BRET KREIZENBECK AND SANDRA KREIZENBECK, AS LEGAL REPRESENTATIVES OF A MINOR CHILD, C.J.K., Petitioners-Appellants
SECRETARY OF HEALTH AND HUMAN SERVICES, Respondent-Appellee
from the United States Court of Federal Claims in No.
1:08-vv-00209-RHH, Senior Judge Robert H. Hodges, Jr.
Richard Gage, Richard Gage, PC, Cheyenne, WY, argued for
Collison, Vaccine/Torts Branch, Civil Division, United States
Department of Justice, Washington, DC, argued for
respondent-appellee. Also represented by Joseph H. Hunt,
Alexis B. Babcock, C. Salvatore D'Alessio, Catharine E.
Reyna, Hughes, and Stoll, Circuit Judges.
and Sandra Kreizenbeck appeal a decision of the U.S. Court of
Federal Claims that affirmed a special master's decision
denying the Kreizenbecks compensation under the National
Vaccine Injury Act. On appeal, the Kreizenbecks raise a
single procedural issue: whether the special master abused
his discretion by resolving their case through a ruling on
the record, without conducting an evidentiary hearing and
without the Kreizenbecks' consent. Because we find no
abuse of discretion, we affirm.
March 26, 2008, Bret and Sandra Kreizenbeck filed a petition
on behalf of their minor son, C.J.K., for compensation under
the National Vaccine Injury Act, 42 U.S.C. § 300aa-1-34
("the Vaccine Act"). After raising several
different causation theories in an amended petition and other
filings, the Kreizenbecks ultimately alleged that
vaccinations administered to C.J.K. in 2005 aggravated an
underlying mitochondrial disorder and caused C.J.K. to suffer
immune system dysfunction and other medical problems. The
Secretary of Health and Human Services ("the
Secretary") contested the Kreizenbecks' claims. A
Special Master presided over the case.
support of their petition, the Kreizenbecks submitted
considerable evidence, including more than 1, 500 pages of
medical records, medical literature, an affidavit from Mrs.
Kreizenbeck, and reports from three medical experts. In
response, the Secretary submitted reports from three medical
and scientific experts. After the Special Master scheduled an
entitlement hearing, both parties filed pre-hearing briefs,
and the Secretary moved to dismiss the case on the record.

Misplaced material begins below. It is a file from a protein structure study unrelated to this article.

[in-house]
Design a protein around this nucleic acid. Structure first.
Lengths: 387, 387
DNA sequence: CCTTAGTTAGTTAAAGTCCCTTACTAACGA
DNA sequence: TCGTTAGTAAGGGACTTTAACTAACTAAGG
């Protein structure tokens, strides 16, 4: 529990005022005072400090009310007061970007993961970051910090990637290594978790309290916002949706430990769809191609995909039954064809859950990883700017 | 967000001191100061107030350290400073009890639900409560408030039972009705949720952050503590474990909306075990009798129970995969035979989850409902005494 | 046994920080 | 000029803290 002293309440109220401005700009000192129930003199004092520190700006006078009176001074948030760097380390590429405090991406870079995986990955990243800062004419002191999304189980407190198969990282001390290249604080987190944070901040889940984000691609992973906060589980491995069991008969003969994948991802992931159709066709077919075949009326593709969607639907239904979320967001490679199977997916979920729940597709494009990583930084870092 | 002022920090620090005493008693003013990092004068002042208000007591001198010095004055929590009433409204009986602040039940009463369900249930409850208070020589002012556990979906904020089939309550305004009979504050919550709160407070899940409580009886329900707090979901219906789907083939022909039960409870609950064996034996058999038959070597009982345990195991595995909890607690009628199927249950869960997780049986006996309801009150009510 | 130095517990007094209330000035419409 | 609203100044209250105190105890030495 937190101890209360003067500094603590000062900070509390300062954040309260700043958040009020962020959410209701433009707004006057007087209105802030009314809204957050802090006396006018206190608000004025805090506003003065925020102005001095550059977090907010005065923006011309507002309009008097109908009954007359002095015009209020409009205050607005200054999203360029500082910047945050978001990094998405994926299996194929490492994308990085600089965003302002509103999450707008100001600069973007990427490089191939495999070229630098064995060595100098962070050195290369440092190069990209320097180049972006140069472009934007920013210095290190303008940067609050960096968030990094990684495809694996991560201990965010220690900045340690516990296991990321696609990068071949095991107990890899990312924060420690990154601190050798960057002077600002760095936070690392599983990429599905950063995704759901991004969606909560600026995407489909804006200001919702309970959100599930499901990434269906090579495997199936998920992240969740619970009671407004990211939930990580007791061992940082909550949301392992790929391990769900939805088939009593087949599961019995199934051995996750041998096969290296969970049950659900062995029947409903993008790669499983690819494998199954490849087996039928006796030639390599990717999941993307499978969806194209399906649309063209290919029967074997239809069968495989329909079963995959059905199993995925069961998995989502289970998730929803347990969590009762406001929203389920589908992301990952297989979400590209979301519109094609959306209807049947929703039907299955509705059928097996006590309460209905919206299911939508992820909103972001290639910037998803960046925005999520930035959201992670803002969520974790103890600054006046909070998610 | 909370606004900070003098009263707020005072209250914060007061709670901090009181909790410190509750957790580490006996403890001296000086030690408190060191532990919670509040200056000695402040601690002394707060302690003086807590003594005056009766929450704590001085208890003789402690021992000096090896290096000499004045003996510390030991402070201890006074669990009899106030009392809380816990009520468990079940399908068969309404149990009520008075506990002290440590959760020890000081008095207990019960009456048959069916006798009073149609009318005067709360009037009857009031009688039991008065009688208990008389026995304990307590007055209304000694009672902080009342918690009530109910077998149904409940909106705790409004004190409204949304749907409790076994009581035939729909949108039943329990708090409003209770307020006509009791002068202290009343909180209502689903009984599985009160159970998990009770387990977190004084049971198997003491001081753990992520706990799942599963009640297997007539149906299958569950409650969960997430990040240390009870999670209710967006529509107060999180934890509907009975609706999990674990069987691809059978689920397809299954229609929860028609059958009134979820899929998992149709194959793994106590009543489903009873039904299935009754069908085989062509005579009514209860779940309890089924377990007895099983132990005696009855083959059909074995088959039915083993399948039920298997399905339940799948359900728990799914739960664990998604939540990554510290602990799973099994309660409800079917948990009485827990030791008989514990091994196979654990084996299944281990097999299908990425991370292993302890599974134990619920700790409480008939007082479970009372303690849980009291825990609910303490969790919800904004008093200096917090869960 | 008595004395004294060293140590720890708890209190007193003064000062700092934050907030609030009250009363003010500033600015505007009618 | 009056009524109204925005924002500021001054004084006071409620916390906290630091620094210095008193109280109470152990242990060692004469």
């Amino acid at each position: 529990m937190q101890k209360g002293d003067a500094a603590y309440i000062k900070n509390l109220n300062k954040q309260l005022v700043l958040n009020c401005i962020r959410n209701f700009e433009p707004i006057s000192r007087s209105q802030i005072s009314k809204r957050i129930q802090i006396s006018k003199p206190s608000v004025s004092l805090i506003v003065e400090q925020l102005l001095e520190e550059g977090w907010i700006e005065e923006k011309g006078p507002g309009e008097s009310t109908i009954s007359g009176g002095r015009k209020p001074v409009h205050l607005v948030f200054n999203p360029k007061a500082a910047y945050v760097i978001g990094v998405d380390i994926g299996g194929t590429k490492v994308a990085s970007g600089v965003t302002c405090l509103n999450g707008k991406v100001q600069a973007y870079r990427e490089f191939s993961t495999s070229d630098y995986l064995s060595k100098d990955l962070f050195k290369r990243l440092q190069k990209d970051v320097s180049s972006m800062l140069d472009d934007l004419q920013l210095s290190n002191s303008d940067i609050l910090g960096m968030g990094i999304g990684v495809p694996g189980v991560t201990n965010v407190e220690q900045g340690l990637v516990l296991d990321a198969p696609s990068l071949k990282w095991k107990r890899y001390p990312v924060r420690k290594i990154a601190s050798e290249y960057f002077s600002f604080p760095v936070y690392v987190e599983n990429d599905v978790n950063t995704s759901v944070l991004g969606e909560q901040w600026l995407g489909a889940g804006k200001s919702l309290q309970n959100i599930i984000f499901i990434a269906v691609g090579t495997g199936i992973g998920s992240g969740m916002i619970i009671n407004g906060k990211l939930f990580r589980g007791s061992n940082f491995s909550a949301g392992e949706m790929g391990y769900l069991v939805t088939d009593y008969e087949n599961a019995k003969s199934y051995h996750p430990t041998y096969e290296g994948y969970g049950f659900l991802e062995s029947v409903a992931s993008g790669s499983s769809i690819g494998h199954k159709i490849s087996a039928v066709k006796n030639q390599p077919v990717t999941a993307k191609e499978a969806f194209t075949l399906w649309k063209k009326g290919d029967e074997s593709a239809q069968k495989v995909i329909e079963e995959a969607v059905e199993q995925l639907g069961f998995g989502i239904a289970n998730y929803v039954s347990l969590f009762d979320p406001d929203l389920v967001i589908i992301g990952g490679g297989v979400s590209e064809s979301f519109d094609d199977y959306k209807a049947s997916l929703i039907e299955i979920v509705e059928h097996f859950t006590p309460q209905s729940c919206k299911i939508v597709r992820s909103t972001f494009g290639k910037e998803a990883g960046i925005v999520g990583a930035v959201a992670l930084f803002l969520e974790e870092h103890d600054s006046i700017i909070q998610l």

Special Master held a status conference on October 4, 2017,
to determine whether a ruling on the record was appropriate.
After reviewing the record evidence and the parties'
briefing, the Special Master determined that "a ruling
on the papers was preferable to a hearing as the most
efficient means for resolving the case." J.A. 29. The
Special Master also expressed "serious misgivings about
the claims' substantive validity," and explained
that if the parties proceeded to a hearing, he was unlikely
to compensate the Kreizenbecks for the associated costs. J.A.
29. The Kreizenbecks chose to "forgo their hearing"
after determining that they would be unable to absorb those
costs. J.A. 124. Nonetheless, they expressly objected to a
ruling on the record. Id.
Special Master allowed the parties to submit a final brief in
support of their position. After reviewing each party's
final briefing, the Special Master determined that the matter
was "ripe for resolution" because "nothing in
the record and expert reports offered in this case suggests
that this matter's outcome would be any different after a
hearing." J.A. 25, 55.
thorough, 50-page opinion, the Special Master concluded that
the Kreizenbecks failed to establish entitlement to
compensation. He found no evidence supporting the claims that
C.J.K. had an underlying mitochondrial dysfunction or that
C.J.K. was injured from a vaccine. He found the
Secretary's mitochondrial expert "reliable and
persuasive," and found the Kreizenbecks' medical
expert reports "self-evidently conclusory or
unsubstantiated." J.A. 54. He also found the "short
affidavit" from Mrs. Kreizenbeck uncorroborated and
inconsistent with the medical records. J.A. 54-55. As a
result, he entered a ruling on the record dismissing the
Kreizenbecks sought review at the U.S. Court of Federal
Claims ("Claims Court"). The Kreizenbecks did not
dispute the substance of the Special Master's decision.
Instead, they challenged only his decision to dismiss their
petition on the written record. The Claims Court affirmed the
Special Master's decision, citing the "wide
discretion" afforded to special masters when determining
whether to hold an evidentiary hearing. J.A. 4-5. The Claims
Court found that the Special Master "gave [the
Kreizenbecks] ample opportunity to support their claims with
written evidence and briefs." J.A. 4. The Court also
found that the parties had submitted "a plethora of
information." Id. The Claims ...